June 23 (Bloomberg) -- Japanese stocks declined for the first time in four days after the U.S. Federal Reserve cut its forecast for growth in the world’s biggest economy.
Kyocera Corp., a maker of solar panels which gets more than 20 percent of its sales in the U.S., declined 1.7 percent. Nippon Electric Glass Co., which makes glass for liquid-crystal displays, fell for a second day after Macquarie Group Ltd. cut its rating to “underperform.” Isuzu Motors Ltd. and Suzuki Motor Corp., automakers that had delayed earnings forecasts because of damage from March’s earthquake, climbed after saying profit will rise this year.
“Stocks have almost priced in the U.S. economic soft patch, but it should take a while to identify whether the economy will worsen,” said Mitsushige Akino, who oversees about $600 million in Tokyo at Ichiyoshi Investment Management Co.
The Nikkei 225 Stock Average fell 0.3 percent to 9,596.74 at the 3 p.m. close in Tokyo. The broader Topix index declined 0.4 percent to 825.51, with five stocks retreating for every three that rose.
The Topix has lost 11 percent since March 10, the day before a magnitude-9 earthquake and tsunami devastated Japan’s northeast coast, triggering the worst nuclear accident in 25 years, damaging factories, and leaving more than 23,000 people dead or missing.
The slump pushed valuations on the Topix to 1.2 times book value, compared with 2.17 on the Standard & Poor’s 500 Index and 1.55 on the Stoxx Europe 600 Index. About two thirds of the 1,671 Topix companies trade at less than book value, meaning investors could theoretically buy the firms at current prices and liquidate them at a profit.
Kyocera dropped 1.7 percent to 8,140 yen. Nikon Corp., a camera maker that counts North America as its biggest market, slumped 4.9 percent to 1,926 yen.
Nippon Electric Glass extended yesterday’s decline, falling 5.1 percent, the most on the Nikkei, to 991 yen. The company had its rating slashed to “underperform” from “outperform” at Macquarie Group, which forecast three consecutive years of declining operating profit, according to a report dated June 21.
The glass maker may lose market share to LG Chem Ltd., Macquarie said. The South Korean company plans to start mass production of display glass this year and to supply LG Display Co. Ltd., a Nippon Electric Glass customer, according to Macquarie.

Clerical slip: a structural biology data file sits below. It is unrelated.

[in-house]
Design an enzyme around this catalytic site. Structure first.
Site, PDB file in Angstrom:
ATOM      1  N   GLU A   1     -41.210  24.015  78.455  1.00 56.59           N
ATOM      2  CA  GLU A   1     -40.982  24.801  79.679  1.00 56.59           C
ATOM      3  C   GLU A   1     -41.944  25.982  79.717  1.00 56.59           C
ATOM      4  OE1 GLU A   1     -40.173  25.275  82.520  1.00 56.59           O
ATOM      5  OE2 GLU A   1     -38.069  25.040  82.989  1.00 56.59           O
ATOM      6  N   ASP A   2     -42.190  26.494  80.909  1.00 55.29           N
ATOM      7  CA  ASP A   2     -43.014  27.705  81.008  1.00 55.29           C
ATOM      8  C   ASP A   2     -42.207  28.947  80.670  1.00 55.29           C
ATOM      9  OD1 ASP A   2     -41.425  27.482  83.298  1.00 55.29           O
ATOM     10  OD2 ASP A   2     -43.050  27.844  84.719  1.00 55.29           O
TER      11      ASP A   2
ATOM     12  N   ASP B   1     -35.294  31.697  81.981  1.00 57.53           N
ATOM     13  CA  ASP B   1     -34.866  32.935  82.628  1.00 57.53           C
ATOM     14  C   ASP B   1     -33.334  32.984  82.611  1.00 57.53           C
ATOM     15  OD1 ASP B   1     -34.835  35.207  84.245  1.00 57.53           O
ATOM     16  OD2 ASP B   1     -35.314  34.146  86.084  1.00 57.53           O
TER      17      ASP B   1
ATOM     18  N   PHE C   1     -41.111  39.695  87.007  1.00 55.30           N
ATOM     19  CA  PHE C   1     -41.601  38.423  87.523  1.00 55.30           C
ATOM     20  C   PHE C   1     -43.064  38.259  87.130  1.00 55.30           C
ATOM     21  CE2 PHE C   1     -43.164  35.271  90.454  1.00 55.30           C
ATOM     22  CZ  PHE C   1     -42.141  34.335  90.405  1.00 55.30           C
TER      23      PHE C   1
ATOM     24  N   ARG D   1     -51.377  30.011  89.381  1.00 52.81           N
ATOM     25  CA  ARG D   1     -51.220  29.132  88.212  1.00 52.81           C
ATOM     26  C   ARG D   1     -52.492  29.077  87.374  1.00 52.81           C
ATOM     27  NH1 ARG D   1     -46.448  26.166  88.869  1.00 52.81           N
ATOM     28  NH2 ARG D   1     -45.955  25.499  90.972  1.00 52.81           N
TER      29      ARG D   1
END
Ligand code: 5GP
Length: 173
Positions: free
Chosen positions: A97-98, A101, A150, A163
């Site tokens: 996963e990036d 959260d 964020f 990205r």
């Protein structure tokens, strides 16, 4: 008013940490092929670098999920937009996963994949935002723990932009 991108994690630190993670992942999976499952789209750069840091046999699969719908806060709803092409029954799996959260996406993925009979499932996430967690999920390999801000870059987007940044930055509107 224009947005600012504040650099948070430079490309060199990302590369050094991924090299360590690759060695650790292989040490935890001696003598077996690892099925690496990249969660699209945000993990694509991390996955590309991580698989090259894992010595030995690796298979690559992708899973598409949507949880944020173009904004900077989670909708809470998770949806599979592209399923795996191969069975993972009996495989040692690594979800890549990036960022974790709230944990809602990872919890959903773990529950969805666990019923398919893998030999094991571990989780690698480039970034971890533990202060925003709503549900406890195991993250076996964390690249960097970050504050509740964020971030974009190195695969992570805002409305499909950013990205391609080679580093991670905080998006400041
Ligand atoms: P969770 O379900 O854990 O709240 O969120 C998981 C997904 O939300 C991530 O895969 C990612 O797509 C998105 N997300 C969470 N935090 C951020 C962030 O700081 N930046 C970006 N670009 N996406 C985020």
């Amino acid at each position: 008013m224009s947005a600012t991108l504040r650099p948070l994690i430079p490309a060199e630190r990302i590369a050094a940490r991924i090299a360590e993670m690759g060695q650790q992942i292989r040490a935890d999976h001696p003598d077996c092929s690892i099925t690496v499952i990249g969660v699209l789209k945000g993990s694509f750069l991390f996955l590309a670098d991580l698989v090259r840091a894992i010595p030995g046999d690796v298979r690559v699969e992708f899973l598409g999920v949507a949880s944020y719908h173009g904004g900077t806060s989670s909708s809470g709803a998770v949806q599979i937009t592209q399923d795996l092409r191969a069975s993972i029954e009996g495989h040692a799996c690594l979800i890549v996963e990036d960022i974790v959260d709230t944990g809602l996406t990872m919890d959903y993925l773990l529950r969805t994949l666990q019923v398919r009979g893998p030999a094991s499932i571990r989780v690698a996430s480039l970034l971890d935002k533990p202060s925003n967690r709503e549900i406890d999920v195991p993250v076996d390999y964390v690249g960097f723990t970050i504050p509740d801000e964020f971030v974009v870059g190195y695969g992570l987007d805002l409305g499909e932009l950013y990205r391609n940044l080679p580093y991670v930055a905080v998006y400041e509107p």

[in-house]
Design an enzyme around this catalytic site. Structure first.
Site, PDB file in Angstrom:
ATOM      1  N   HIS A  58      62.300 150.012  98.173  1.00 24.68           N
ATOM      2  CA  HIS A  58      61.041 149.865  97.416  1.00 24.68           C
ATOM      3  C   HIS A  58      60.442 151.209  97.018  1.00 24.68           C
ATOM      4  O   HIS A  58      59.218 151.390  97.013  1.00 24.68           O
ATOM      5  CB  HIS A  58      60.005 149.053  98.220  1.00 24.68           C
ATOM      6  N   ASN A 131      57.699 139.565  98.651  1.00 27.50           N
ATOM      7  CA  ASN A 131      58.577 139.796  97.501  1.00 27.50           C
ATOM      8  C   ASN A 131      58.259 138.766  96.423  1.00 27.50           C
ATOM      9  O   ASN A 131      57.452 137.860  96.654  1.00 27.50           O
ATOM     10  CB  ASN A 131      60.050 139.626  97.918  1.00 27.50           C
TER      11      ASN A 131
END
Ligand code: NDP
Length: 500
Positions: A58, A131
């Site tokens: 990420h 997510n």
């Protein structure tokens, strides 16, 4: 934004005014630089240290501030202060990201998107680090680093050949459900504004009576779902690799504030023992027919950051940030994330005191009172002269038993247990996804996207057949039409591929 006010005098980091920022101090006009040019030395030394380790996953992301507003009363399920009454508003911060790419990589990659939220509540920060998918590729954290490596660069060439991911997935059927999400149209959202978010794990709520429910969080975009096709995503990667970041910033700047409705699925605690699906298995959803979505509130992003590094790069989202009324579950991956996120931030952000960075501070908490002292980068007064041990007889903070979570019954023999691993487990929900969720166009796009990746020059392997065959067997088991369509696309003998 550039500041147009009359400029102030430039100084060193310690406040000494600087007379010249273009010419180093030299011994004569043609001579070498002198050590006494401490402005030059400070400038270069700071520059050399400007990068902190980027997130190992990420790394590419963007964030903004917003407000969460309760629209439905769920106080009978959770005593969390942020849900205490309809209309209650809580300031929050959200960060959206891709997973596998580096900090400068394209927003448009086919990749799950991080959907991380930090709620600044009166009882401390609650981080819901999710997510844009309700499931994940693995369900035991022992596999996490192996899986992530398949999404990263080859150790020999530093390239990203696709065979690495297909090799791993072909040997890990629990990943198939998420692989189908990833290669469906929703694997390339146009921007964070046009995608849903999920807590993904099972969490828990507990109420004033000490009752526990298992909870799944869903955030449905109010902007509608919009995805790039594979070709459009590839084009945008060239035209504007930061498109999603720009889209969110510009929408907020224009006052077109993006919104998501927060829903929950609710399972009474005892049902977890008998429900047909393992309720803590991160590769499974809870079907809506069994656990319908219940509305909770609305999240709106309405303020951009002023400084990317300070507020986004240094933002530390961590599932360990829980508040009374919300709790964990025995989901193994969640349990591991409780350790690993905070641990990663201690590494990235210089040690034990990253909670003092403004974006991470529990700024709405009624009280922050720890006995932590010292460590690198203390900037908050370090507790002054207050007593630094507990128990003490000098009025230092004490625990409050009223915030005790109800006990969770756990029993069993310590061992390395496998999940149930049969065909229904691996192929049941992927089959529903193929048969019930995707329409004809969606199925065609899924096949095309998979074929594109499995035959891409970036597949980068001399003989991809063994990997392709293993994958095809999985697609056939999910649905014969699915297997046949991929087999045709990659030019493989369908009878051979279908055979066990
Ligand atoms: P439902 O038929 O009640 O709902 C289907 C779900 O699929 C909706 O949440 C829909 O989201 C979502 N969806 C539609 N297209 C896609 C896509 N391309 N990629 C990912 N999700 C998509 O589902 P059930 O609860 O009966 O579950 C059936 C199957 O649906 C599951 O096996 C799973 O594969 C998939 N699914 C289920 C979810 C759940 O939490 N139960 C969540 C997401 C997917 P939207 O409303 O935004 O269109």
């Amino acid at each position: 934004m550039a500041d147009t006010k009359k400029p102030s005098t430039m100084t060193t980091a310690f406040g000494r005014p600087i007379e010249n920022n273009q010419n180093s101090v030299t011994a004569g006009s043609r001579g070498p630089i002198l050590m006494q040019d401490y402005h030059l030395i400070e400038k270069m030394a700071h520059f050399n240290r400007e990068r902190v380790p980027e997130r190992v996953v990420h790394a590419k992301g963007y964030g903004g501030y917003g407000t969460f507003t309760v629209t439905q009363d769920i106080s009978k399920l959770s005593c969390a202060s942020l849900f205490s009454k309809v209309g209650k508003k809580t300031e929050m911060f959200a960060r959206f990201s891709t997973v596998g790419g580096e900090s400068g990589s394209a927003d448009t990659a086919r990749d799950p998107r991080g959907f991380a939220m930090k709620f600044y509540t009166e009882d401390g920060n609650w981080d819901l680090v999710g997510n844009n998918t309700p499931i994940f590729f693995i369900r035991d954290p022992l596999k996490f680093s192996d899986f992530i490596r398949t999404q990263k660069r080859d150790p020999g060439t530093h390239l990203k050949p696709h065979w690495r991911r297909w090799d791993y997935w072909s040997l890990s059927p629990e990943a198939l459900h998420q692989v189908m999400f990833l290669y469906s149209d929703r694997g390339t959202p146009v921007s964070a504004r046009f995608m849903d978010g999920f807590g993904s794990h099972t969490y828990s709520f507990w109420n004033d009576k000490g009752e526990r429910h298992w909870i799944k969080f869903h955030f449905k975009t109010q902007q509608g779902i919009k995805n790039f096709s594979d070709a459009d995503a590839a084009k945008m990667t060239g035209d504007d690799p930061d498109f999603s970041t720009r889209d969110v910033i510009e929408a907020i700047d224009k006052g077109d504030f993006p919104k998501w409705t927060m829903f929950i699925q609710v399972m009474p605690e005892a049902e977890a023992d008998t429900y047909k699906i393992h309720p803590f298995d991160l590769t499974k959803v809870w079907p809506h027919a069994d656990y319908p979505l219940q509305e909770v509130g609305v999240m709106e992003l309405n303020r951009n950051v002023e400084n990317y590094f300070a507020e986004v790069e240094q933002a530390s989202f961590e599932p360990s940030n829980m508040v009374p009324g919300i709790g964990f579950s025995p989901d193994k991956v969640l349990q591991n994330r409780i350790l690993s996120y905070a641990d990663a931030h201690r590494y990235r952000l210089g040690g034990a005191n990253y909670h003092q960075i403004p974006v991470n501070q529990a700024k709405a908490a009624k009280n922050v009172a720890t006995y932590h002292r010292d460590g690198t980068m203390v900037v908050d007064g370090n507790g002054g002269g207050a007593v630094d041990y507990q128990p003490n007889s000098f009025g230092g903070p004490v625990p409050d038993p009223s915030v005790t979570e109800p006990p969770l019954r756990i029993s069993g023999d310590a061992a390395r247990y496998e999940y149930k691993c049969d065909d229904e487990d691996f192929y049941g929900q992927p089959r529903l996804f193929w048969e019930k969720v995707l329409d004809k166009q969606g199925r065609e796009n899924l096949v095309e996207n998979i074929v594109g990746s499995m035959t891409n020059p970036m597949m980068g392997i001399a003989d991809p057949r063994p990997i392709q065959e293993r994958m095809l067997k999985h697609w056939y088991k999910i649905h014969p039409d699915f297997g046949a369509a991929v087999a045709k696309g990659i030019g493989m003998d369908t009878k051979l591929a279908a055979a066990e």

Futures on the S&P 500 slipped 0.2 percent today. The index lost 0.7 percent yesterday in New York after the Fed cut its projection for U.S. growth and employment this year and next. Chairman Ben S. Bernanke and his colleagues forecast the U.S. economy, Japan’s second-largest export market behind China, will expand by between 2.7 percent and 2.9 percent this year, down from an April forecast of 3.1 percent to 3.3 percent.
Bernanke said some of the reasons for the slowdown will be temporary, such as higher commodity prices and supply-chain disruptions caused by Japan’s earthquake and tsunami. The Fed Chairman also said the central bank would this month complete its purchase of $600 billion worth of longer-term Treasuries, a measure designed to boost growth and asset prices by flooding the market with cash.
The yen depreciated to as low as 80.64 against the dollar today, compared with 80.27 at the close of stock trading in Tokyo yesterday after the Fed reiterated it doesn’t intend to add to its bond purchases. A weaker yen increases the value of overseas income for Japan’s exporters.
‘Buying the Dollar’
“Investors are buying back the dollar because there’s less expectation the Fed will take additional easing measures, said Kiyoshi Ishigane, a senior strategist in Tokyo at Mitsubishi UFJ Asset Management Co., which oversees the equivalent of $84 billion. “That’s supportive of Japanese stocks.”
Among shares that gained today, Isuzu climbed the most on the Nikkei, adding 3.4 percent to 364 yen. The company forecast net income will rise 26 percent to 65 billion yen ($807 million) in the year ending March 2012. The target exceeded the median estimate of 45 billion yen projected by nine analysts surveyed by Bloomberg before today.
Suzuki Motor, 20 percent owned by Volkswagen AG, jumped 3.1 percent to 1,757 yen. The company forecast net income will rise 11 percent to 50 billion yen this fiscal year as production recovers from the earthquake.
Nissan Motor Co., Japan’s second-largest automaker, climbed 1.3 percent to 839 yen and was the most-actively traded stock in Japan. Sales this fiscal year will be “significantly higher” than in the previous 12-months, Chief Executive Officer Carlos Ghosn said yesterday ahead of earnings forecasts due today.
Nissan said after the market closed today that it expects net income of 270 billion yen this year, compared with the 237 billion yen average of five analyst estimates compiled by Bloomberg in the past 28 days.
Nippon Steel Corp., Japan’s largest maker of the metal, advanced 1.7 percent to 247 yen. The company raised steel prices 18 percent for April-September shipments to Japan’s biggest electronics makers, the Nikkei newspaper reported today, without saying where it obtained the information.
--Editors: Jason Clenfield, John McCluskey.
To contact the reporters on this story: Akiko Ikeda in Tokyo at email@example.com; Toshiro Hasegawa in Tokyo at firstname.lastname@example.org.
To contact the editor responsible for this story: Nick Gentle at email@example.com.